Liquefaction of Thai fermented rice noodles can be prevented by maintaining the product in acidic condition of pH around 4
Fermented rice noodles, traditionally known as khanom jeen in Thailand, are produced and consumed countrywide. Similar types of products are common in Laos, Vietnam, Cambodia, Myanmar, and China. Khanom jeen is made from fermented rice flour containing lactate. In the noodle factories, the fermented rice flour is heated to achieve partial starch gelatinization and kneaded with water. The dough is then extruded into noodles in boiling water for about one minute, washed with water, drained using a sieve container, and sold. The fermented rice noodles have a unique and preferable flavor and texture achieved through the rice fermentation process. Normally, the products retain quality without rotting for a few days at ambient temperature. Refrigeration is not applicable to the noodles because starch retrogradation at cold temperatures ruins the unique texture. However, it occasionally suffers from severe liquefaction (Fig. 1) before the products are sold in the market. Although the direct cause has yet to be clarified, an urgent solution to the liquefaction problem is needed to reduce economic and food losses.
Liquefaction is thought to result from water release associated with digestion of the starch maintaining the noodle structure by amylolytic enzymes with pH preferences for activity. The fermented rice noodles containing 0.03% lactate is acidic with a pH of 3.7. The pH changes to 4.0, 6.0, or 7.7 after soaking in McIlvaine buffers at pH 4.0, 6.0, or 8.0 for 10 min, respectively. Moisture transudation and partial liquefaction are observed in noodles treated with buffers at pH 6.0 or 8.0 after 3 to 5 days of incubation at 37°C (Fig. 2). In contrast, such phenomena are not observed in noodles treated with buffer at pH 4.0 (Fig. 2) or in those treated with buffer containing 200 μg/mL chloramphenicol (data not shown), indicating that liquefaction of fermented rice noodles is induced, accompanied by bacterial growth in products in which the pH is heightened to 6.0 or higher. α-amylase activity is detected in noodles treated with buffers at pH 6.0 or 8.0 after 2 days or 1 day of incubation, respectively (Fig. 3A). An increase in reducing sugar is observed in accordance with α-amylase production under liquefaction-inducing conditions (Fig. 3B). It is presumably derived from oligosaccharides by starch digestion in noodles. Taken together, it is important for the producers to maintain fermented rice noodles as well as fermented rice flour in acidic condition of pH around 4 to prevent liquefaction of the products.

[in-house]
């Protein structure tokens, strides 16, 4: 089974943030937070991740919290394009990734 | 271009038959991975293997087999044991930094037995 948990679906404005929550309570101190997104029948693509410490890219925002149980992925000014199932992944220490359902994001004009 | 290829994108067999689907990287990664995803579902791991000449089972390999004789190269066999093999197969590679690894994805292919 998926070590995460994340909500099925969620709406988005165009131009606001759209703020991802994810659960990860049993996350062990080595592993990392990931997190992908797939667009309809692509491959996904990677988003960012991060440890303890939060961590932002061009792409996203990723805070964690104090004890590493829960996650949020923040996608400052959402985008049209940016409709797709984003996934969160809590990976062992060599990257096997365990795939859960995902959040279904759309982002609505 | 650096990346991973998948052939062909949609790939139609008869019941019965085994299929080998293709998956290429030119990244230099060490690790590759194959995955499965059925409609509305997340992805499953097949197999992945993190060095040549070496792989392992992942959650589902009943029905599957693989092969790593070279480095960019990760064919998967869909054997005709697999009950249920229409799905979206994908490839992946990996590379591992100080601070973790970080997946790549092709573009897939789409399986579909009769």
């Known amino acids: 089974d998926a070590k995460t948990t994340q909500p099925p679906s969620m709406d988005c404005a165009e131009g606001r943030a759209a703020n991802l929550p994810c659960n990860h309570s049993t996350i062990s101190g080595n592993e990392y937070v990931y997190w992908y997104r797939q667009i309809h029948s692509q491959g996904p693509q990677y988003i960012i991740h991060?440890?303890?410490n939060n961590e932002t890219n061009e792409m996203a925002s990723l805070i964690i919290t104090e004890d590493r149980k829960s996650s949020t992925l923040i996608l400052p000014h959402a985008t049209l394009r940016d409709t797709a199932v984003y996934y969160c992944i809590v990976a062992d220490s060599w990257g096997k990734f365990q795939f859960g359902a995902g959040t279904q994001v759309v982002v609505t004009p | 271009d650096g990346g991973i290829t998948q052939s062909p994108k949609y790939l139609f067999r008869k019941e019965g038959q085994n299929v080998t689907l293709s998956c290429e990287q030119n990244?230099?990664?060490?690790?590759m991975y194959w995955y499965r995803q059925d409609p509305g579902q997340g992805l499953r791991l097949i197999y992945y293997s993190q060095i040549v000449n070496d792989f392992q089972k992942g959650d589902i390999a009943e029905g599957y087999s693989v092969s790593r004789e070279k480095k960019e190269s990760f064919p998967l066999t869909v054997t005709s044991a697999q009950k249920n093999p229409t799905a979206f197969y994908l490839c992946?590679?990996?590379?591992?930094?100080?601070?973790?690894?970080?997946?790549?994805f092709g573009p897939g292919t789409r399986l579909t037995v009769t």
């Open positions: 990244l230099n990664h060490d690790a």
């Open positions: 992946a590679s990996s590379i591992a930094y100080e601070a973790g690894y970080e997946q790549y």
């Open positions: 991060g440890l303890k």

The producers can monitor the pH of their products by using a food-grade pH meter or with the simplified method using pH-test papers. It is also recommended that the producers check the pH of the water for washing the fermented rice noodles at the end of production. Underground water, which is generally used for the washing stage, might be alkalized due to soluble minerals. Edible organic acids such as acetate can be used to adjust the pH of the washing water, although the usage needs to be carefully optimized in consideration of the flavor of the product. Information regarding liquefaction prevention and the manufacturing process, as well as serving ideas for fermented rice noodles, are simply summarized in a booklet in Thai (Fig. 4). It would be useful not only to the producers but also the general public, and it is expected to increase productivity, improve the food value chain, and raise awareness on this great local food tradition.
Fig. 1. Liquefaction of fermented rice noodles
Fig. 2. Appearance of fermented rice noodles after 3 and 5 days of incubation at 37°C after soaking treatment with McIlvaine buffers at pH 4.0, 6.0, and 8.0
Fig. 3. Time-dependent change in α-amylase activity (A) and reducing sugar content (B) in fermented rice noodles treated with McIlvaine buffers at pH 4.0, 6.0, and 8.0
Fig. 4. Cover illustration (A) and introduction of pH monitoring methods (B) in a booklet on fermented rice noodles, written in Thai
Japan International Research Center for Agricultural Sciences Biological Resources and Post-harvest Division
- Research project
- Program name
- Term of research
- Responsible researcher
Marui Junichiro ( Biological Resources and Post-harvest Division )MIERUKA ID: 001765
Tadashi Yoshihashi ( Biological Resources and Post-harvest Division )
Shompoosang Sirinan ( Institute of Food Research and Product Development, Kasetsart University, Thailand )
Surojanametakul Vipa ( Institute of Food Research and Product Development, Kasetsart University, Thailand )
- Publication, etc.
Marui J et al. (2020) Japan Agricultural Research Quarterly, 54(1):41-45
- Japanese PDF
- English PDF
- Poster PDF